Lexus RX 450h

Hybrid newcomer mixes low running costs and impressive performance

The new RX 450h is the car charged with kick-starting a hi-tech hybrid revolution at Lexus. The Japanese firm has declared its entire line-up will be powered by petrol-electric drivetrains in future, and the bold SUV is the first model to benefit from this radical philosophy.

It aims to blend premium car luxury and desirability with low running costs, by combining a clean-burning 3.5-litre V6 petrol engine with two electric motors – one for each axle. Yet while the RX’s drivetrain is cutting edge, its styling is anything but.

The newcomer takes its design cues from the old car, which can trace its roots back to 1998. With a steeply raked windscreen and tailgate, the RX looks more like an inflated hatchback than an upright off-roader. Subtly flared wheelarches, a bold chrome grille and eye-catching LED headlamps boost its visual appeal, but it can’t match the BMW for road presence.

The firm’s designers have tried to inject some excitement inside, with mixed results. While the dashboard features sweeping curves and striking shapes, the finished result looks messy, and the garish wood trim of the SE-L won’t be to all tastes. The material quality is first rate, though, and the standard leather upholstery, sat-nav and superb fit and finish back up its premium image.

Cabin space is excellent, with occupants in the rear getting bags of head and legroom. Only the small boot compromises the RX’s versatility – its 446-litre capacity is 174 litres down on the cavernous BMW.

What the Lexus lacks in practicality it makes up for with performance, thanks to a combined petrol/electric output of 295bhp.

At the track, the hybrid covered 0-60mph in 7.6 seconds – three-tenths faster than the X5. Its real-world pace is equally impressive, while the V6 unit delivers a surprisingly sporty growl on the move.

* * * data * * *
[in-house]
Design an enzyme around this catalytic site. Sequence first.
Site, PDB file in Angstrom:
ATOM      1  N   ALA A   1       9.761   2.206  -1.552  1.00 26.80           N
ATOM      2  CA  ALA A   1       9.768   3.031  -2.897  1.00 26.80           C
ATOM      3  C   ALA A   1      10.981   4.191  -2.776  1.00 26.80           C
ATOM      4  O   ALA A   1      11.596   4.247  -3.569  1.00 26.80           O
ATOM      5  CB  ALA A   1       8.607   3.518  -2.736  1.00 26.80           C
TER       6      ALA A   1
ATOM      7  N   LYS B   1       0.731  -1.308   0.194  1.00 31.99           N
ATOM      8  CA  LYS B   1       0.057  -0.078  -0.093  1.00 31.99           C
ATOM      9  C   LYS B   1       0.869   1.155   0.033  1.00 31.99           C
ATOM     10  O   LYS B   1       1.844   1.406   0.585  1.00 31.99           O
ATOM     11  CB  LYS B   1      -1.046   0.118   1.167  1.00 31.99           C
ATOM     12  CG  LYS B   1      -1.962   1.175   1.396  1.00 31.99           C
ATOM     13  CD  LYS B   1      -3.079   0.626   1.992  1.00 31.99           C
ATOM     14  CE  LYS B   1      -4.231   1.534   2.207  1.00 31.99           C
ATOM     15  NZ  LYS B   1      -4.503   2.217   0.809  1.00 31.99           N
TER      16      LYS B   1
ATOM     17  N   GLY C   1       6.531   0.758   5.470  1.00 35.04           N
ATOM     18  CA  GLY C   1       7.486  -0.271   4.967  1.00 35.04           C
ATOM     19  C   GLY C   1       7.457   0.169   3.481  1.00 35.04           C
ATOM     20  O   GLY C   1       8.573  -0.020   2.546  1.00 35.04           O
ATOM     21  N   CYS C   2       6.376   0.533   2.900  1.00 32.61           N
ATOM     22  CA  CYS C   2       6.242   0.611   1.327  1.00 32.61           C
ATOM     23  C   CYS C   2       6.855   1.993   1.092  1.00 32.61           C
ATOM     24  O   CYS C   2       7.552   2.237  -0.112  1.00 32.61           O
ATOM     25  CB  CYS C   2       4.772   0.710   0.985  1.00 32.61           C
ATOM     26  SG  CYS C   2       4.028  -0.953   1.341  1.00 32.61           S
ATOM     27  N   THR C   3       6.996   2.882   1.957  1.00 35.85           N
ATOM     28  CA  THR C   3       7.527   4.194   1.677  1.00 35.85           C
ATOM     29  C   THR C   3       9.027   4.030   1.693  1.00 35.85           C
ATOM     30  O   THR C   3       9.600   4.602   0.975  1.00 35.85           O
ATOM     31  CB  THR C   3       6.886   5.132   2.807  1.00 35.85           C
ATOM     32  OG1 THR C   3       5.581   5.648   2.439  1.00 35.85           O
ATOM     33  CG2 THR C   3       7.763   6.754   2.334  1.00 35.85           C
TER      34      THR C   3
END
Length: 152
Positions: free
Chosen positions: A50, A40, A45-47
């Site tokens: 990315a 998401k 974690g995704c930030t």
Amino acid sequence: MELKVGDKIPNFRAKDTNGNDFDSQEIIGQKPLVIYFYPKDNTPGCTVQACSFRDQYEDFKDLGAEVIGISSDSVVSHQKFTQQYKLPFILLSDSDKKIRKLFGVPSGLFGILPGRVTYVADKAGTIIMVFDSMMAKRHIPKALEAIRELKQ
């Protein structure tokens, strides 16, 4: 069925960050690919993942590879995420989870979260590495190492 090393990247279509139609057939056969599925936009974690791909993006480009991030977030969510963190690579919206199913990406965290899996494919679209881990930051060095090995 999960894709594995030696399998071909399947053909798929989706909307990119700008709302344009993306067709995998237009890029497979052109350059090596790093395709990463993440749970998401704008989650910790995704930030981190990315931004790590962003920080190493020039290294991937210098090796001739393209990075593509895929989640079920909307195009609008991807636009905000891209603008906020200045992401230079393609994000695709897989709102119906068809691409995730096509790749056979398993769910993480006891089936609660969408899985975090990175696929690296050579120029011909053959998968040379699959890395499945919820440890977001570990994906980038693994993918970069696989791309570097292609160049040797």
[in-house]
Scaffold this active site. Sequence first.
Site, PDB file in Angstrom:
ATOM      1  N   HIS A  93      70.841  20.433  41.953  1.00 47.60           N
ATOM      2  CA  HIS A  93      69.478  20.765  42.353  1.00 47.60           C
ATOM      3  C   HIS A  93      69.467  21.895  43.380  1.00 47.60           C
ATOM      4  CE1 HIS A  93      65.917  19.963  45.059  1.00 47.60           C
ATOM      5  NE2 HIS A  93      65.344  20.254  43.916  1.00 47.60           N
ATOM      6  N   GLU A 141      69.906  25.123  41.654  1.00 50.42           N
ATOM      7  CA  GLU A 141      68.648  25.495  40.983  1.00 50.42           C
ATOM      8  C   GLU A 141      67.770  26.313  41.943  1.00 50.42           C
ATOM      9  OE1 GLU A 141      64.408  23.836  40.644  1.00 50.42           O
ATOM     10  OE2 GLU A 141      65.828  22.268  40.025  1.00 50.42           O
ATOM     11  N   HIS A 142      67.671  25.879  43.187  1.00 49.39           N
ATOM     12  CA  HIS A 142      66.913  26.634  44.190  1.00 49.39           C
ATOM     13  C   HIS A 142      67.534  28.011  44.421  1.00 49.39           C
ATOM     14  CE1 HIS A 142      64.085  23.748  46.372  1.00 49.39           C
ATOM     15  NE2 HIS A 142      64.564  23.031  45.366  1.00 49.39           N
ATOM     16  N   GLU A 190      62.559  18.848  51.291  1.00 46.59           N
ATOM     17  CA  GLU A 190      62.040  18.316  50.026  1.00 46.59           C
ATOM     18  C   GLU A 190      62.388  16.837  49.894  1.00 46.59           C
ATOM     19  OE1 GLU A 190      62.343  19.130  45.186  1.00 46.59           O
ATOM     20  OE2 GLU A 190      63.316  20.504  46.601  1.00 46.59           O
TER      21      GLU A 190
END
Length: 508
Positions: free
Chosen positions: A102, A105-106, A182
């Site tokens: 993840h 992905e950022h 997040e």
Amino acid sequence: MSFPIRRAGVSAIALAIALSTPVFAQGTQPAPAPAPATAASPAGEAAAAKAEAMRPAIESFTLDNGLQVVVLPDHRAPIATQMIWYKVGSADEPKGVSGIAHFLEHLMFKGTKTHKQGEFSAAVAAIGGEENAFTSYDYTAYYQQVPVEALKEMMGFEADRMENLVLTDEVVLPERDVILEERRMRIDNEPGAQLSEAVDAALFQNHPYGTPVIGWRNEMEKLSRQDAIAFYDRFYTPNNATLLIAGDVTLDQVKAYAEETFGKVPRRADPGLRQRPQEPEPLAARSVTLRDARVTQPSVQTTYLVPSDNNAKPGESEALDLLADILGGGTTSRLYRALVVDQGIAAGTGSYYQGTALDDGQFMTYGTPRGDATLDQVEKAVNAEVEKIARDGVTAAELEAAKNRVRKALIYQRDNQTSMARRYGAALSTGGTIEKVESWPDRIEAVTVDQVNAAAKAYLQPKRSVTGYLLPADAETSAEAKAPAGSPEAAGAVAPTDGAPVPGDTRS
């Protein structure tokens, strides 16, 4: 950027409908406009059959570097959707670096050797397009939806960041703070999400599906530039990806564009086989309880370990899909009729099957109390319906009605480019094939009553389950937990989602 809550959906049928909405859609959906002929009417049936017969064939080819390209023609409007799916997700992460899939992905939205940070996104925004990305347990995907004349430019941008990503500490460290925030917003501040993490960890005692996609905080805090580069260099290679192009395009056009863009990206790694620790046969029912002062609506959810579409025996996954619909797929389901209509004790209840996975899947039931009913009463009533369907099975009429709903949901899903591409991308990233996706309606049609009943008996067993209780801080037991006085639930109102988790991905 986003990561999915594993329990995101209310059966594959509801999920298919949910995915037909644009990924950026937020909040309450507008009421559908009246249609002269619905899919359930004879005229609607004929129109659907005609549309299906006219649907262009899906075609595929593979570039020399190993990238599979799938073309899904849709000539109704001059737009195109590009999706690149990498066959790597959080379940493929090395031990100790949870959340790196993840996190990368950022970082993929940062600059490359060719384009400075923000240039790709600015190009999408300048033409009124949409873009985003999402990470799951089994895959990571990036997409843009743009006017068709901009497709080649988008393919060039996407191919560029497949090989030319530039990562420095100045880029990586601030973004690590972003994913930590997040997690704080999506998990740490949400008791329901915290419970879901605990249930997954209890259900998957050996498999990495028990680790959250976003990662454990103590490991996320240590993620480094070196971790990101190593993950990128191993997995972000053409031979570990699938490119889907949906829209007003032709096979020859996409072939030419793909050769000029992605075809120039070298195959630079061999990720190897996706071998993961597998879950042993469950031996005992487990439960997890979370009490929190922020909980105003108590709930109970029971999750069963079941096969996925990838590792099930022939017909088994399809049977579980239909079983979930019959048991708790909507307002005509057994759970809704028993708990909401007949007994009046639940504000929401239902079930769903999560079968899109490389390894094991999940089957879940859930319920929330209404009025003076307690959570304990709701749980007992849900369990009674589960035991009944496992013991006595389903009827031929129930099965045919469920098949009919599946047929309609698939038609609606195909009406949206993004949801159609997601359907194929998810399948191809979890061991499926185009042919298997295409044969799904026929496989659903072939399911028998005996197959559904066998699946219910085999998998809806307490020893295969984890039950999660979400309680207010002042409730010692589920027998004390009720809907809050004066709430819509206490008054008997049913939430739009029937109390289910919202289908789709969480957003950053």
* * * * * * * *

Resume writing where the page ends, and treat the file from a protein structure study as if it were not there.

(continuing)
In town, the Lexus is virtually silent. Use the throttle pedal carefully and you can rely largely on electric power once you’re in motion. The RX’s city credentials are further boosted by its commanding driving position and comfortable ride. Entry-level SE models use ordinary coil springs, but our flagship SE-L’s air-suspension offers composed handling in bends.

We just wish the steering wheel gave more feedback. Torque steer can also be an issue as the RX is essentially front-driven, with the electric motors kicking in to power the rear wheels only when needed.

This set-up also impacts on the vehicle’s ability in the rough stuff, making it useful only for light off-roading duties. For the majority of owners, that will be more than sufficient, because it is on the road where the Lexus can show off its latest-generation hybrid drivetrain most effectively.

In everyday use, the system works well, delivering 27.1mpg in our test – 3.6mpg more than the slower oil-burning BMW. Factor in the RX’s low CO2 emissions, decent driving dynamics and lengthy kit list, and it’s clear the X5 has a serious fight on its hands.


Chart position: 1WHY: There’s no longer a conventional engine option on the RX; the range is hybrid only..

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